Purchase this article with an account.
Zoltan Nadasdy, Barna Kantor; The effect of interocular delays on the perception of 3D movies. Journal of Vision 2011;11(11):310. doi: 10.1167/11.11.310.
Download citation file:
© ARVO (1962-2015); The Authors (2016-present)
Challenging the visual system with incongruent binocular information reveals the physiological constraints of visual perception. One type of incongruence is the temporal delay between corresponding binocular frames in a stereoscopic condition. With the recent invasion of 3D technology, this question has also become practical. Interocular delays also play a role in several eye diseases, causing perceptual distortions such as the Pulfrich effect. Although the tolerance of the visual system for interocular delays during stereo perception has been extensively studied, results are extremely diverse, almost incommensurable. While disparity-sensitive neurons in V1 display <20 ms time window of stereo fusion between binocular signals, psychophysical studies demonstrated a 30–100 ms delay tolerance. Here we asked human observers to rate the 3D quality of percept after watching 3D movies under various binocular delay and speed conditions. The delays were varied between 0 and 2 s in 33 ms increments, and the movies were viewed at six different speeds, randomized. We found that for natural scenes the visual system is able to merge frames across 500 ms (maximum 2 s), a much longer delay than reported earlier. We computed various image statistics to make sure that the average pixel lifetime was a fraction of 500 ms, thus corresponding pixels changed their hue and luminance asynchronously within intervals while 3D percepts were maintained. In order to explain the sustained 3D experience despite long delays we considered a number of factors, such as top-down effects, anticipation, inhomogeneity of motion vectors in space and time, attention and eye dominance. The flexibility of the visual system in buffering parallel visual streams over 500 ms and the ability of merging them despite the mismatch between simultaneous frames calls for a revision of the bottom-up models of 3D perception and suggests a mental editing capacity yet to be explored.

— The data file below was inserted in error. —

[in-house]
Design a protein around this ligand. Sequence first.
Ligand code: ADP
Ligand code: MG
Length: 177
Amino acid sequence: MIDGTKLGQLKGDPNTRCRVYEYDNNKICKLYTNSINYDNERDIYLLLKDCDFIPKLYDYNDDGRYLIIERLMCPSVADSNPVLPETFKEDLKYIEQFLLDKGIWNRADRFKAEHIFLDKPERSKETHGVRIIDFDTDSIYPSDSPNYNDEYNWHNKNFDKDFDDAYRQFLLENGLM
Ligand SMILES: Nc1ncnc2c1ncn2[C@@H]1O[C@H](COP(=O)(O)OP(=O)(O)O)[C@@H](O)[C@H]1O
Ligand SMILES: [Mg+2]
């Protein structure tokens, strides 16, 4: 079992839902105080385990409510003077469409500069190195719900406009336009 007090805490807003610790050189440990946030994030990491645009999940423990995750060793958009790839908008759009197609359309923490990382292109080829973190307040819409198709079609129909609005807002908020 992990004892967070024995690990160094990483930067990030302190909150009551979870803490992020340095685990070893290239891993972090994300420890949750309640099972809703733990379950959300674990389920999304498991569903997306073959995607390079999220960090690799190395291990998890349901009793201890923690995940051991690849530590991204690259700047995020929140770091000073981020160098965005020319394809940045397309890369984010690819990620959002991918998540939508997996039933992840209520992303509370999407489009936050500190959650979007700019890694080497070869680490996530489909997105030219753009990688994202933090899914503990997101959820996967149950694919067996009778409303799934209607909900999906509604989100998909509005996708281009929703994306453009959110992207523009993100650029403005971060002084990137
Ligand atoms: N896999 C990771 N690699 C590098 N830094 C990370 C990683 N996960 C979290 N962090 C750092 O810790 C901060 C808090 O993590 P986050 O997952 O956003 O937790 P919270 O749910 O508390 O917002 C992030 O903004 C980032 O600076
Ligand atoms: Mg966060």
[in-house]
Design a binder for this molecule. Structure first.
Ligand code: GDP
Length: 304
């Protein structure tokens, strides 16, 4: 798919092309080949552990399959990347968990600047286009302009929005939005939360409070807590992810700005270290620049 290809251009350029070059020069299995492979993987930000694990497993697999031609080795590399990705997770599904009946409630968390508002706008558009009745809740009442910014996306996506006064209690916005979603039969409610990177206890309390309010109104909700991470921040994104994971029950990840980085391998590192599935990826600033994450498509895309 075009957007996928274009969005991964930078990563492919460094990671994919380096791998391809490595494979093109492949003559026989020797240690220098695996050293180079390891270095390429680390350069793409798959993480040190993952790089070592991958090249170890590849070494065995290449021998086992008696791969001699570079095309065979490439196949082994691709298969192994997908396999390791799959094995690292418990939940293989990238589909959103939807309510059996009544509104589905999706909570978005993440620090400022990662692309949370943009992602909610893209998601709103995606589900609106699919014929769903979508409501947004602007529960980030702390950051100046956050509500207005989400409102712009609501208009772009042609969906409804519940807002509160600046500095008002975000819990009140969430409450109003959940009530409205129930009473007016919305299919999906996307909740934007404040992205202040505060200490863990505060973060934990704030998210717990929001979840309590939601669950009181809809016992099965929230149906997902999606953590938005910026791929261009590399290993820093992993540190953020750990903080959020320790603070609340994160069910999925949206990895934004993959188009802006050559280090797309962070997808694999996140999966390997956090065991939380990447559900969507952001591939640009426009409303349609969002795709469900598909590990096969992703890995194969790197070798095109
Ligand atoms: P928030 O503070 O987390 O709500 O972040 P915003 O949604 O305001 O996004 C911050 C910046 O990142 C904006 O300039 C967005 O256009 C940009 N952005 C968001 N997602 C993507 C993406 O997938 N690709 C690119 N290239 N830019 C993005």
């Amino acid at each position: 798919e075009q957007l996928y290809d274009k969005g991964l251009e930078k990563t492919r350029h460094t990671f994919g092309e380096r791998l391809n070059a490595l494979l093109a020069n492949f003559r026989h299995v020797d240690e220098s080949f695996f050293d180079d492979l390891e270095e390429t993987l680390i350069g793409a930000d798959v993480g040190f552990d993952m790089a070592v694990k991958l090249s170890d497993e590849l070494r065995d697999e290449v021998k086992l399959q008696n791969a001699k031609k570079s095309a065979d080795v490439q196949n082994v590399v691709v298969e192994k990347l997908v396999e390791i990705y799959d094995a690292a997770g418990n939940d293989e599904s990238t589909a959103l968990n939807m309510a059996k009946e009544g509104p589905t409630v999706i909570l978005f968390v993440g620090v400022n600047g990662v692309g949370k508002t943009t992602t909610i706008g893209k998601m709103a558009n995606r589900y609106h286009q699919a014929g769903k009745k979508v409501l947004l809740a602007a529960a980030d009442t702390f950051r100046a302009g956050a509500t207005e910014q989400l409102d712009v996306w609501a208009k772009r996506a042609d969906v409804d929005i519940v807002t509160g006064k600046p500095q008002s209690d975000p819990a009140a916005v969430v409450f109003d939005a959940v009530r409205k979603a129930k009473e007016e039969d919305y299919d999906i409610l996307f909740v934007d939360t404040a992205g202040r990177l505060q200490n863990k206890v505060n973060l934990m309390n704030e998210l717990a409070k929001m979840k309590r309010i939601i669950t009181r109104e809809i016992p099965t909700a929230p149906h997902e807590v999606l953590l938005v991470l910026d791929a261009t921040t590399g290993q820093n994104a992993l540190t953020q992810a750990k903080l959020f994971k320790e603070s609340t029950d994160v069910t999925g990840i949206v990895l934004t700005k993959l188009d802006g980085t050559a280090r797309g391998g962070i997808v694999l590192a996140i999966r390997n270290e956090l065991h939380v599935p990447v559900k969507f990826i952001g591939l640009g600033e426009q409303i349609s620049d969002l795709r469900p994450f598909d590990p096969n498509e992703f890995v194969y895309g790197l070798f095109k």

This PDF is available to Subscribers Only